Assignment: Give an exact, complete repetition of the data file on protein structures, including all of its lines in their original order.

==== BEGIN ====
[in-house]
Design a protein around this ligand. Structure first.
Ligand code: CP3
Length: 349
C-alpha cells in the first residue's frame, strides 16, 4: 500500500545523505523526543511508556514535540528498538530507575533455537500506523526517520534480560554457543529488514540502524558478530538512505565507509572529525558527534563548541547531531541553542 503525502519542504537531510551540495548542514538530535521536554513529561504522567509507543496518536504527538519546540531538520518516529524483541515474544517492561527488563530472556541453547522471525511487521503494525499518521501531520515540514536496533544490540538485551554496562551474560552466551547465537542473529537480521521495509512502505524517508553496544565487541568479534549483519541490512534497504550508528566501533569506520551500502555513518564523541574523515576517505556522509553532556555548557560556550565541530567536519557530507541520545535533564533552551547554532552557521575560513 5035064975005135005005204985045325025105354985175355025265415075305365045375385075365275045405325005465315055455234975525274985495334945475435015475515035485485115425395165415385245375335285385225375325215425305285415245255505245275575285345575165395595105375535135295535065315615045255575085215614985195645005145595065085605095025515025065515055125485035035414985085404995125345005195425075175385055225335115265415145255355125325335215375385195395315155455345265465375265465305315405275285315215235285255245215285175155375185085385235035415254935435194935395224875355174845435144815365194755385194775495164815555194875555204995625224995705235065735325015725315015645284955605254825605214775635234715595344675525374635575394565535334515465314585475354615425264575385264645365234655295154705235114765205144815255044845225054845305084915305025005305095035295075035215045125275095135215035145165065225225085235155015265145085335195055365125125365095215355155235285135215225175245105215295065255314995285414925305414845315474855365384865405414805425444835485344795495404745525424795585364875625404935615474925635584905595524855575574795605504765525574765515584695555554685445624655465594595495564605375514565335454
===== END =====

[in-house]
Design a protein around this ligand. Structure first.
Ligand code: CP3
Length: 349
C-alpha cells in the first residue's frame, strides 16, 4: 500500500545523505523526543511508556514535540528498538530507575533455537500506523526517520534480560554457543529488514540502524558478530538512505565507509572529525558527534563548541547531531541553542 503525502519542504537531510551540495548542514538530535521536554513529561504522567509507543496518536504527538519546540531538520518516529524483541515474544517492561527488563530472556541453547522471525511487521503494525499518521501531520515540514536496533544490540538485551554496562551474560552466551547465537542473529537480521521495509512502505524517508553496544565487541568479534549483519541490512534497504550508528566501533569506520551500502555513518564523541574523515576517505556522509553532556555548557560556550565541530567536519557530507541520545535533564533552551547554532552557521575560513 5035064975005135005005204985045325025105354985175355025265415075305365045375385075365275045405325005465315055455234975525274985495334945475435015475515035485485115425395165415385245375335285385225375325215425305285415245255505245275575285345575165395595105375535135295535065315615045255575085215614985195645005145595065085605095025515025065515055125485035035414985085404995125345005195425075175385055225335115265415145255355125325335215375385195395315155455345265465375265465305315405275285315215235285255245215285175155375185085385235035415254935435194935395224875355174845435144815365194755385194775495164815555194875555204995625224995705235065735325015725315015645284955605254825605214775635234715595344675525374635575394565535334515465314585475354615425264575385264645365234655295154705235114765205144815255044845225054845305084915305025005305095035295075035215045125275095135215035145165065225225085235155015265145085335195055365125125365095215355155235285135215225175245105215295065255314995285414925305414845315474855365384865405414805425444835485344795495404745525424795585364875625404935615474925635584905595524855575574795605504765525574765515584695555554685445624655465594595495564605375514565335454